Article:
A week and more since the election, the dust has settled, as they say, and the earth on which it rests looks, superficially, amazingly the same as it was before.
The landscape of Tennessee is still red-tinted, as it has been since the statewide elections of 2010 and 2014 and the post-census reapportionment of legislative seats, in-between. The state's two Senate seats belong to the Republicans, as does the governorship, and a GOP supermajority will still be reigning in Nashville when the General Assembly reconvenes.
But there are clear and obvious signs of change.
Politically speaking, there are two Nashvilles. The capital city's name, used as a synecdoche for state government, or, alternatively, for the oft retrograde doings of the legislature, connotes all kinds of red-hued things. The actual city of Nashville, based on the voting habits of its electorate and the official acts of its public figures, is the most consistently blue spot in Tennessee; indeed, it is probably the last refuge on Planet Earth of the once-upon-a-time Solid Democratic South.
- Laura Jean Hocking
- Scene from Weekend Rally at Civic Center Plaza
Nashville is where not just blacks, who amount to 27 percent of the population, but politically ambitious whites find it worth their while to run as Democrats. Nashville's legislators are still predominantly Democratic; the Congressman representing the city, Jim Cooper, is a Democrat, and so are its mayors; former Mayors Karl Dean, this year's Democratic nominee for Governor and Phil Bredesen, the two-term Governor who carried the party's banner in the 2018 U.S. Senate race being cases in point.
The cautious Micawber-like conservatism of Bredesen was on full display in the Senate race, as it had been during his gubernatorial tenure, and it was a source of continuing annoyance to a good many Democratic activists, who bridled at their nominee's implicit and sometimes overt affinities for Trumpism, as when Bredesen, post-Senate hearings, embraced the Supreme Court candidacy of Brett Kavanaugh, or when, in a TV commercial, he seemed to relish the idea of working in tandem with the president ("a skilled negotiator") to get pharmaceutical prices down.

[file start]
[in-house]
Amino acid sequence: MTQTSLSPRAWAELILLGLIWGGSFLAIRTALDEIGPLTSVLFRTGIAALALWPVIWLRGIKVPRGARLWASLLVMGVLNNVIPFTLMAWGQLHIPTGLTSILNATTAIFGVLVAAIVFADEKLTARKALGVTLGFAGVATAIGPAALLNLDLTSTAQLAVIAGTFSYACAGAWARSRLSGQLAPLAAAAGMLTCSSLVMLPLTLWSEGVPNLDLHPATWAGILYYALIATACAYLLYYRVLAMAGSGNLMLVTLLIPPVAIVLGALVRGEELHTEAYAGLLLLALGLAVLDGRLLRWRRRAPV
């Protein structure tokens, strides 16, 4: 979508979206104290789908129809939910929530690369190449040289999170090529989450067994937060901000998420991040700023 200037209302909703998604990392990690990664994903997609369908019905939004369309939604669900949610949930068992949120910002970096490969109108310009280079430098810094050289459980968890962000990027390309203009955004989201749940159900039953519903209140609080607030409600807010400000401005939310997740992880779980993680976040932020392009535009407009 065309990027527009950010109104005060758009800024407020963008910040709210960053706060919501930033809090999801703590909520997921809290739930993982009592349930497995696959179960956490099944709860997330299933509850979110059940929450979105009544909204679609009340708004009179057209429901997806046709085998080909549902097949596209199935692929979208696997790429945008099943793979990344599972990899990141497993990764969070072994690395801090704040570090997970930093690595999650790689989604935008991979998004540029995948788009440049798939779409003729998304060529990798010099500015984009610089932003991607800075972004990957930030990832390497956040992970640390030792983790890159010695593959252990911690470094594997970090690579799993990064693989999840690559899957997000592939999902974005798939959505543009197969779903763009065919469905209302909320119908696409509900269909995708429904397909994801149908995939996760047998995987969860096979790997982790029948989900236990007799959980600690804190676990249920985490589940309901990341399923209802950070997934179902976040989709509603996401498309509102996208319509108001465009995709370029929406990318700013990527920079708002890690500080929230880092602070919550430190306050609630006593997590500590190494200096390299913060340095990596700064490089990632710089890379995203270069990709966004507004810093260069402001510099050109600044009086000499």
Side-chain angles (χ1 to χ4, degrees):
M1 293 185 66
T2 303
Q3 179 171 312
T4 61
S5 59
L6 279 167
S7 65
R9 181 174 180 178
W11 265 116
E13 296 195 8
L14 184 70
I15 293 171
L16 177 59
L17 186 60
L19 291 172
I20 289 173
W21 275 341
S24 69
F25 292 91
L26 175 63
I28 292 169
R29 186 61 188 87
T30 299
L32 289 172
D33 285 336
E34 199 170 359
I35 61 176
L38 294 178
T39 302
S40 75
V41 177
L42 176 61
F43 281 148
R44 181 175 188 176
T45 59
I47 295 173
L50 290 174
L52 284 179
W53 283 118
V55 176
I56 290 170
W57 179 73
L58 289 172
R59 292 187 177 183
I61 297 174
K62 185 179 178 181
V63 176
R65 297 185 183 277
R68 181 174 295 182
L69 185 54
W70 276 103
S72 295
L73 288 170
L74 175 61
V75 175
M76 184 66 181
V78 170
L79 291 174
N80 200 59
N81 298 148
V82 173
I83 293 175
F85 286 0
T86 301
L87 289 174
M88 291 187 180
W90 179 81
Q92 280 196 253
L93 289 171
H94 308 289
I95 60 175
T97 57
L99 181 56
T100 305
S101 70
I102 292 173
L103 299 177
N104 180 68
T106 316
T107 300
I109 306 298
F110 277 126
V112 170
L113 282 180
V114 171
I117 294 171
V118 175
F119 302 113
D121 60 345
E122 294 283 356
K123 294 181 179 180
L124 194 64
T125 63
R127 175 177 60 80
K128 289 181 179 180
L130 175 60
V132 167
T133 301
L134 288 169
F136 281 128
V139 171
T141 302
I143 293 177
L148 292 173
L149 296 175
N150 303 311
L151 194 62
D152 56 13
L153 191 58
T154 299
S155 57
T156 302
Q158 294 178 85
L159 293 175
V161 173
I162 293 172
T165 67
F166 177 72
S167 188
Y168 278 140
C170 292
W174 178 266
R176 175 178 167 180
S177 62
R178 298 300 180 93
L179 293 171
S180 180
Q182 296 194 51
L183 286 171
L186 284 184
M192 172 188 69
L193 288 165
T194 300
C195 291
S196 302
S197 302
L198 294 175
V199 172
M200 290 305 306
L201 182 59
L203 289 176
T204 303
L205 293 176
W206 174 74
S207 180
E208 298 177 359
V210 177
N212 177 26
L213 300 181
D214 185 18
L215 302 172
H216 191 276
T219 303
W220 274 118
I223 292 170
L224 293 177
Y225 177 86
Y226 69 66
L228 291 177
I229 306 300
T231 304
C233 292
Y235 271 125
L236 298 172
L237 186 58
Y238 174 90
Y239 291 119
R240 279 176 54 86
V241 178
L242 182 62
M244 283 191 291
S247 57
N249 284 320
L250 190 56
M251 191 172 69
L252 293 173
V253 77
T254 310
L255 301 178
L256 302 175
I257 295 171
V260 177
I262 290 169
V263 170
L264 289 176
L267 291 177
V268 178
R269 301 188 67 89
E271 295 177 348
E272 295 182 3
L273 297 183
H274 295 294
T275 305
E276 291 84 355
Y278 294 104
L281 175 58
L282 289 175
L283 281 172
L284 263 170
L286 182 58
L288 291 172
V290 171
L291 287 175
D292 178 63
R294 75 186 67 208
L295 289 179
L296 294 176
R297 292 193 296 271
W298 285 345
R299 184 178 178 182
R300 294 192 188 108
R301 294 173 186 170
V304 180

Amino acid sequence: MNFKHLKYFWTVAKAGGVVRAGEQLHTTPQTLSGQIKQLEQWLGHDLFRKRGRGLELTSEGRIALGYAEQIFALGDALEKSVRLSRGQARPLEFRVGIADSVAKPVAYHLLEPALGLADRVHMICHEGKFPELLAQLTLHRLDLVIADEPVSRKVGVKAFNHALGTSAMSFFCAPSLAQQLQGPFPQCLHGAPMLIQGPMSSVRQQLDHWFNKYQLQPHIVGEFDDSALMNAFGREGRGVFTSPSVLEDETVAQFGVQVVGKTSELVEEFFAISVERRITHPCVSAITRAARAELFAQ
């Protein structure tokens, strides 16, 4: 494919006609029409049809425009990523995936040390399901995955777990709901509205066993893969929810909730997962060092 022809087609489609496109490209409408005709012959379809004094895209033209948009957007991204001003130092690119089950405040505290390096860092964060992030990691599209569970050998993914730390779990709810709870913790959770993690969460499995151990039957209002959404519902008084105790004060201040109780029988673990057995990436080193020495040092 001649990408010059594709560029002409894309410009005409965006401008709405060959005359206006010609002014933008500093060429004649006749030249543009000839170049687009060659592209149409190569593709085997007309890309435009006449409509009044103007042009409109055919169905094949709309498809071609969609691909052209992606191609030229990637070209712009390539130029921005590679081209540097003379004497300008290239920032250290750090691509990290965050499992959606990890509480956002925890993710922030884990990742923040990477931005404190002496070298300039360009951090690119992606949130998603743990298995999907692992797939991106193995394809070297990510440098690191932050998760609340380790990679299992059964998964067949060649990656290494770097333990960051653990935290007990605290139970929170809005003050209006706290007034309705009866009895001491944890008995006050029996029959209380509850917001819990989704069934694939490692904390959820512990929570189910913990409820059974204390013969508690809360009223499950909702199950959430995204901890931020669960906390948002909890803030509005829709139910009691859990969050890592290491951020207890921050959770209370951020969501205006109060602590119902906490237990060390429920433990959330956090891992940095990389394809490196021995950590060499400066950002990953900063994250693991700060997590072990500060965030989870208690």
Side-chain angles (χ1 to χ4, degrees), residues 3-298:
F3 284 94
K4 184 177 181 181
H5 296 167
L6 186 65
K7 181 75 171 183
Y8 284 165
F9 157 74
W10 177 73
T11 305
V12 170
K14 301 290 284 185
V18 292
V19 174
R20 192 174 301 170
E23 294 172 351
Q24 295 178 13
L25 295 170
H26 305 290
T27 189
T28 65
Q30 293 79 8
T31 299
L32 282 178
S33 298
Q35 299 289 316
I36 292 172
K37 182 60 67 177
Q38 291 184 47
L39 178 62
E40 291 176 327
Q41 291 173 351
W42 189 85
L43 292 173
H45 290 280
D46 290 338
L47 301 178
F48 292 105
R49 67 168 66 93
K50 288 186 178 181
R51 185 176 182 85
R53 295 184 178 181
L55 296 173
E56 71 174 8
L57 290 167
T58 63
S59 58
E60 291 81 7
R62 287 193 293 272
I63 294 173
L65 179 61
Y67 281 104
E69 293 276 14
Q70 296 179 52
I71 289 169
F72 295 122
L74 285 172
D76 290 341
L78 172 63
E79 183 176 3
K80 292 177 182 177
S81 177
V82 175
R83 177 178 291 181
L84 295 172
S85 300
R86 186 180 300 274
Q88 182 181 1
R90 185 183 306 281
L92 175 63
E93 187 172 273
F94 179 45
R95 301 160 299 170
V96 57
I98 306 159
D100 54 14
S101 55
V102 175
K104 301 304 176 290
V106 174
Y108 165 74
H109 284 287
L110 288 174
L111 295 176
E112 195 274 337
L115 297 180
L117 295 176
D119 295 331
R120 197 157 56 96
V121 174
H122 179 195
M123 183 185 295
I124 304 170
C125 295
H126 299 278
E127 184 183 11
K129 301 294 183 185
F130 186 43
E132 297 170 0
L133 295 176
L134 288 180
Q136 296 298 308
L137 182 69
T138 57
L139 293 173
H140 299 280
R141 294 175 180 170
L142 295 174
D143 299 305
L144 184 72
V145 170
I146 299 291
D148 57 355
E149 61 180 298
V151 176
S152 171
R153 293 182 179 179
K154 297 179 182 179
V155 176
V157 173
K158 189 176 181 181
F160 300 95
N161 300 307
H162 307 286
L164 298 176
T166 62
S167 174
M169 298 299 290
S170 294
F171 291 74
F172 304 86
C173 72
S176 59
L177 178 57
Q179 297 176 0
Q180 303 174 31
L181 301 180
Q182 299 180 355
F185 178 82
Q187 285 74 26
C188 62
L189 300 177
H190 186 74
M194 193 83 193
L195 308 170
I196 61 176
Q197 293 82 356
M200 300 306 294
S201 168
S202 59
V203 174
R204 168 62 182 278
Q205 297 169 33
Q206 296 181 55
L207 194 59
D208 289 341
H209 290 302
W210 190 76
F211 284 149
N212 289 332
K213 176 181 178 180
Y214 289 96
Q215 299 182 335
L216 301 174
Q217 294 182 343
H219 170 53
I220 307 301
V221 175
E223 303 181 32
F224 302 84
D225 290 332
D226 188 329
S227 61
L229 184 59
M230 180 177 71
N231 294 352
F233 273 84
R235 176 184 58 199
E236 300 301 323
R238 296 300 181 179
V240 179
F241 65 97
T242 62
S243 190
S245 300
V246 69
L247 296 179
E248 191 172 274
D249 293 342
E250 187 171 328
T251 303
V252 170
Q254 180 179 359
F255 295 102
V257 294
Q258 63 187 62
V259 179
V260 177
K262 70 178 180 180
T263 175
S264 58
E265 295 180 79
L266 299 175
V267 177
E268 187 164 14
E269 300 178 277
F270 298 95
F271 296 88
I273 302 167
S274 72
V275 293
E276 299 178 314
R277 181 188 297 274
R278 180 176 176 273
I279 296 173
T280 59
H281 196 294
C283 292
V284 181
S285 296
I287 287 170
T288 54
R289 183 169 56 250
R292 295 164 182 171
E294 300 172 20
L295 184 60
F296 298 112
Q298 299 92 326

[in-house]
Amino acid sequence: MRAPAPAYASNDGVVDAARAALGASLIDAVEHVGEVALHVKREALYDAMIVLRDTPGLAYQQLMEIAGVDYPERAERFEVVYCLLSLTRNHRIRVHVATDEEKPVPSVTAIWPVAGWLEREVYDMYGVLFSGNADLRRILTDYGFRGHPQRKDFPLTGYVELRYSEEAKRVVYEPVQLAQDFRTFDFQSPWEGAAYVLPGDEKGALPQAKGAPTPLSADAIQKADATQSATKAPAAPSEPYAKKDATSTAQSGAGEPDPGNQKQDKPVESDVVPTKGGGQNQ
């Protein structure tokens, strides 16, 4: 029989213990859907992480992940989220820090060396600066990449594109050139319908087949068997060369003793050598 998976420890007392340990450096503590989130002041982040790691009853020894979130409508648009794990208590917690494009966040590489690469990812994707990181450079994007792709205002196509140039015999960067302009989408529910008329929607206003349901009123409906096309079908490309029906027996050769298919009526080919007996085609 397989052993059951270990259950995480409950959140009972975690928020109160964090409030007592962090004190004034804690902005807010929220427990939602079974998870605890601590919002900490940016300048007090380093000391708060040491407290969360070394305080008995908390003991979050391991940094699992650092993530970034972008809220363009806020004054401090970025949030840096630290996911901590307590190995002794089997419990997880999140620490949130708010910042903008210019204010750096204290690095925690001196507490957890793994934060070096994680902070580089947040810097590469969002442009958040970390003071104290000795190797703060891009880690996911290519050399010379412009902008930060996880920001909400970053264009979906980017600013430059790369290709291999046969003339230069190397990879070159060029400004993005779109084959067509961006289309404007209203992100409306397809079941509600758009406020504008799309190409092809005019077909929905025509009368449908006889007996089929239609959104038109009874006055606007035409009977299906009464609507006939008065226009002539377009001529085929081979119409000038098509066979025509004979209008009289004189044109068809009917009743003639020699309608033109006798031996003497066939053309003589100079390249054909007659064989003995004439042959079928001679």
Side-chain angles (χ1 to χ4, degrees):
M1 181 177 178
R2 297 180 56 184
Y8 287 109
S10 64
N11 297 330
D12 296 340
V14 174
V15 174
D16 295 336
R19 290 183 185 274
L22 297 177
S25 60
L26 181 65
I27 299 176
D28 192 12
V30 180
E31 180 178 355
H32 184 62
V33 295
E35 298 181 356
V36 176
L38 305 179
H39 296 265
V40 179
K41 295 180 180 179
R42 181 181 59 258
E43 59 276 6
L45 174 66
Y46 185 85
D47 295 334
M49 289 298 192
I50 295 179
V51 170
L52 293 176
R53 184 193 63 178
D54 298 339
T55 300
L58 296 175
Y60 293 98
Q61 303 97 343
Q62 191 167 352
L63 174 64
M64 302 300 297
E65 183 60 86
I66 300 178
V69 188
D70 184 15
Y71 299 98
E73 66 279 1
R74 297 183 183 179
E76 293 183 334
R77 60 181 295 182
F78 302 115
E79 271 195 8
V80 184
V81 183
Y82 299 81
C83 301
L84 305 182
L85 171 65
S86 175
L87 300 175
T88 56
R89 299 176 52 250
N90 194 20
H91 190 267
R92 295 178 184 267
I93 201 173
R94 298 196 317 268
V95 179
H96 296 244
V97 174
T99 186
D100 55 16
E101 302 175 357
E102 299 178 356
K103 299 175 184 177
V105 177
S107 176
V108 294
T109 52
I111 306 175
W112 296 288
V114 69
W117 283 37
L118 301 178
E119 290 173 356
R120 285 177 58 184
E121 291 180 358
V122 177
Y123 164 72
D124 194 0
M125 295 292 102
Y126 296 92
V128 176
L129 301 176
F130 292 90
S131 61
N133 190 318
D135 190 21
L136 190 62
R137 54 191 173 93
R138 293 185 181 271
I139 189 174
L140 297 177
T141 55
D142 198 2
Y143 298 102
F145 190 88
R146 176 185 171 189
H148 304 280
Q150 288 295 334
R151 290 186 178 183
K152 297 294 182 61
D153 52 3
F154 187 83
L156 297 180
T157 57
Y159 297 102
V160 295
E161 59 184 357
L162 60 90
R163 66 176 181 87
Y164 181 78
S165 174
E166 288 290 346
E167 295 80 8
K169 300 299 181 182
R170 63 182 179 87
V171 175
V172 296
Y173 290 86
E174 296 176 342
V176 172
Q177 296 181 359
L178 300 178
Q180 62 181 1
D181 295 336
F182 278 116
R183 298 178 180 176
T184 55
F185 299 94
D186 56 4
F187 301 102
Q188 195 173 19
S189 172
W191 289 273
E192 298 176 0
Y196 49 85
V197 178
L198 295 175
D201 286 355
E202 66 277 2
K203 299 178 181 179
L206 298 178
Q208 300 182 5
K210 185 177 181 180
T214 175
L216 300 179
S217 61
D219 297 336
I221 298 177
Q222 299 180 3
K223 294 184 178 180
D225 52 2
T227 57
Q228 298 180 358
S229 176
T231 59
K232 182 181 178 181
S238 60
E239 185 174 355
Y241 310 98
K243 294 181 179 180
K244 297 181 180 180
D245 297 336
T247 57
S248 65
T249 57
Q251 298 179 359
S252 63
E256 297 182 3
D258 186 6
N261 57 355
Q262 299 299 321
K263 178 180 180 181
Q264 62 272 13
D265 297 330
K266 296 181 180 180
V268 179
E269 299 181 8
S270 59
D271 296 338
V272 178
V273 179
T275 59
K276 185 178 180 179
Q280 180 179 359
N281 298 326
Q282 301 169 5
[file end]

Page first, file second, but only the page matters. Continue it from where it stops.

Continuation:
While these overtures might have seemed ill-considered cave-ins to many of Bredesen's Democratic supporters, they might very well have represented the candidate's actual views. Bredesen is, after all, the governor who drastically pruned the rolls of TennCare and, in his first year in office in 2003, imposed across-the-board budget cuts of 9 percent in state spending. (By comparison, his victorious ultra-right-wing Republican opponent in 2018, Marsha Blackburn, had only demanded an 8 percent omnibus cut back then, as a state senator.)
The root fact may be that Bredesen, an import from the Northeast who made a fortune in Nashville as a health-care entrepreneur, is, politically, the exception who proves the rule about Nashville — someone who, upon entering politics, branded himself a Democrat because that was the "right" label for someone running for office in Nashville.
Whatever the case, Bredesen got 71 percent of the votes this year in Nashville as compared to 66 percent in Memphis. The rest of the state went for Blackburn by a 70 to 30 ratio, percentage-wise.